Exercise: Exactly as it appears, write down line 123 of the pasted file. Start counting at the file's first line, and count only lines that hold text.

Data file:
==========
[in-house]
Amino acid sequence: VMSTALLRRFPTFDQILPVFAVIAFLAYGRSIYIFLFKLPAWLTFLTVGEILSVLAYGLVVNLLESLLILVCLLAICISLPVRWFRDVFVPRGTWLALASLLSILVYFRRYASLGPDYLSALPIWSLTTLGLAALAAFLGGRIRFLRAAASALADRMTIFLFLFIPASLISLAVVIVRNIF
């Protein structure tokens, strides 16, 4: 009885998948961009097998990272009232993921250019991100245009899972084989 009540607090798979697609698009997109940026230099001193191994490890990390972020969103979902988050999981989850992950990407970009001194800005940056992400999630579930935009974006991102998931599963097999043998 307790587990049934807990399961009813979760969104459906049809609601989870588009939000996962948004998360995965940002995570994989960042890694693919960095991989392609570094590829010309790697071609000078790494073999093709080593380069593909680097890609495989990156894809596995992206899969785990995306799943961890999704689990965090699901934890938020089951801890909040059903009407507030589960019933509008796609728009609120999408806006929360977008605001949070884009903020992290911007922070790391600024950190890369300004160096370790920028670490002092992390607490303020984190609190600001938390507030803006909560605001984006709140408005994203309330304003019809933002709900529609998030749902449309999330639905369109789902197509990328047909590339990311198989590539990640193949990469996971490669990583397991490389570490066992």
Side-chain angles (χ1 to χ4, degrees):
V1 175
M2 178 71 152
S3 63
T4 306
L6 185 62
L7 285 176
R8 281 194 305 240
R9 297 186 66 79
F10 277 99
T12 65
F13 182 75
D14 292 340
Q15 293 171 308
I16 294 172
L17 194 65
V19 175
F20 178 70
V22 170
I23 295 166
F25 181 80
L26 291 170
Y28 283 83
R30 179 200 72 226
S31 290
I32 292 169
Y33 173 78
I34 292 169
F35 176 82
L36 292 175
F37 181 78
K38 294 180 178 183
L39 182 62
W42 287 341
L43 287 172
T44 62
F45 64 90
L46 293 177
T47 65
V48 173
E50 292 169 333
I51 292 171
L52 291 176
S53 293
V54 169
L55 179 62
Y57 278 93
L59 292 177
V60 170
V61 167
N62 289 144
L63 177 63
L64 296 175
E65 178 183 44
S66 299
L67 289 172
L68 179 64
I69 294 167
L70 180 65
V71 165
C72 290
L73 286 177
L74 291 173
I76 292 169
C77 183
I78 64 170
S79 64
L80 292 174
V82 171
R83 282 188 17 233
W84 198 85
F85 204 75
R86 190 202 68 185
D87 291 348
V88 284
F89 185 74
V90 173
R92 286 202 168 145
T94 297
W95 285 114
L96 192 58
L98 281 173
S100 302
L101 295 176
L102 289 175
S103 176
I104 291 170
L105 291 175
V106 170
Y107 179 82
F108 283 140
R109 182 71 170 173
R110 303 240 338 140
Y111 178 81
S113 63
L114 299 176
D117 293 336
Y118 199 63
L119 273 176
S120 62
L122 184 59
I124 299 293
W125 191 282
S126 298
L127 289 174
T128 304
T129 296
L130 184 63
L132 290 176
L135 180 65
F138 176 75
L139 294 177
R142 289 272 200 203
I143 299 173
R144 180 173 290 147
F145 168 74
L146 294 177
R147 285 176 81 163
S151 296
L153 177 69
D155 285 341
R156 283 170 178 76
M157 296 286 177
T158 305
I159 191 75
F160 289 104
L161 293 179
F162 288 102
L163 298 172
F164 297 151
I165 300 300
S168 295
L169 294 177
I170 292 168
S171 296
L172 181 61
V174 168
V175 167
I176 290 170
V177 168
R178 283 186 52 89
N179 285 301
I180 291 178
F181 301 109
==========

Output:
L153 177 69